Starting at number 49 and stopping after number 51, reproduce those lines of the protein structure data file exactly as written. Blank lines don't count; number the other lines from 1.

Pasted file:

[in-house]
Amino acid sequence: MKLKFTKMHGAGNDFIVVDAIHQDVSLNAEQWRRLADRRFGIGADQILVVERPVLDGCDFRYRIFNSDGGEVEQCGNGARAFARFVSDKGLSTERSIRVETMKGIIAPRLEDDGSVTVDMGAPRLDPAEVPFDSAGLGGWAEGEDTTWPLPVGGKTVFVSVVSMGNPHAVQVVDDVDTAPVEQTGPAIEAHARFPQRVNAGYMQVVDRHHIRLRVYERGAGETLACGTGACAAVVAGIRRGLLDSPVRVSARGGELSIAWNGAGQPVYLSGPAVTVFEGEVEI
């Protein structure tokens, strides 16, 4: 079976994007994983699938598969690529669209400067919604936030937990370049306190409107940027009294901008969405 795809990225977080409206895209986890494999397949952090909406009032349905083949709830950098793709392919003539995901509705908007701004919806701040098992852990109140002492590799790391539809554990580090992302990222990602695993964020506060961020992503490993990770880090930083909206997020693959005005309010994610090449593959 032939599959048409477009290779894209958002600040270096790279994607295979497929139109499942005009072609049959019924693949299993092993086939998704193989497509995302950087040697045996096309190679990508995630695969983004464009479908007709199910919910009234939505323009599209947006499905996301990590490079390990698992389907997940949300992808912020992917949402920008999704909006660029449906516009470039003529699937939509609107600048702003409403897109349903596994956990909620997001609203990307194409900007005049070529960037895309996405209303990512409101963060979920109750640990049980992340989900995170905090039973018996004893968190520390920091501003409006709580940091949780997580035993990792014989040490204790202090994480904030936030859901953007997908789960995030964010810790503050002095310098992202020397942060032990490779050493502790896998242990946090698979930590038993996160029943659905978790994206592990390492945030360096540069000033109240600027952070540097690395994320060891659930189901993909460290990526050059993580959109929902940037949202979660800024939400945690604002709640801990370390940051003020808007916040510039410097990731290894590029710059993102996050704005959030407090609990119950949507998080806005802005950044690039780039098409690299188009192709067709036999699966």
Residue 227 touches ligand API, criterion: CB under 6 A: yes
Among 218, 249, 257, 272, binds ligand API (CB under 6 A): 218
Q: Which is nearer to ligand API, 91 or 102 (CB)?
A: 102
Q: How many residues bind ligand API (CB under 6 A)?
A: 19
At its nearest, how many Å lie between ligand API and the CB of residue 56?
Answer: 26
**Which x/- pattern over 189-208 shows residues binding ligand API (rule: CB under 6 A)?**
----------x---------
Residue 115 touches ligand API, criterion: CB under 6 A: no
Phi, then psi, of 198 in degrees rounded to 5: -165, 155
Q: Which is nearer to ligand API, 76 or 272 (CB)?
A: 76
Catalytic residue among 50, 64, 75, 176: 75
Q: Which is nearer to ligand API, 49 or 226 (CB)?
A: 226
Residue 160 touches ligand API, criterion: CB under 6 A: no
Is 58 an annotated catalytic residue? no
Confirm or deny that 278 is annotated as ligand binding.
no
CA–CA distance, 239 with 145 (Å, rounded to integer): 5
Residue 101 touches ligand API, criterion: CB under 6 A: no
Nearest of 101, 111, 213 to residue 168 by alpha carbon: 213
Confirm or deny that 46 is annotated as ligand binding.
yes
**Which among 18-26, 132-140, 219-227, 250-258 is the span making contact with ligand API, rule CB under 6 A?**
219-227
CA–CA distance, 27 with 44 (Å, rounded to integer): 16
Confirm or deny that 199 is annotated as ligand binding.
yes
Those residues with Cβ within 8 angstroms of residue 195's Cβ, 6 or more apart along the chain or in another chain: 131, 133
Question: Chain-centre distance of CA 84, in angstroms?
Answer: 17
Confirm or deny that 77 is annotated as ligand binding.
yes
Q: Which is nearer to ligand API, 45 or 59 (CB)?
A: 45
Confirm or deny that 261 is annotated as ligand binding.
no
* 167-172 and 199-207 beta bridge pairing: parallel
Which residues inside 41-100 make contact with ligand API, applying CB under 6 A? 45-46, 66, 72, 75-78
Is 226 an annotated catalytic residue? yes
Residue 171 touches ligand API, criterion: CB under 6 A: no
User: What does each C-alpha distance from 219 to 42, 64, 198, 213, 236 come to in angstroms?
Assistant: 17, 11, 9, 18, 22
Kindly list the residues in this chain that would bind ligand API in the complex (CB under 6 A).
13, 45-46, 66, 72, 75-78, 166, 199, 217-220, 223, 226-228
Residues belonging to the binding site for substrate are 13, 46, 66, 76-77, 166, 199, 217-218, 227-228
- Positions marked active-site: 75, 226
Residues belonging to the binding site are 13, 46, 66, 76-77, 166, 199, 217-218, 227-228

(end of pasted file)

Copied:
Assistant: 17, 11, 9, 18, 22
Kindly list the residues in this chain that would bind ligand API in the complex (CB under 6 A).
13, 45-46, 66, 72, 75-78, 166, 199, 217-220, 223, 226-228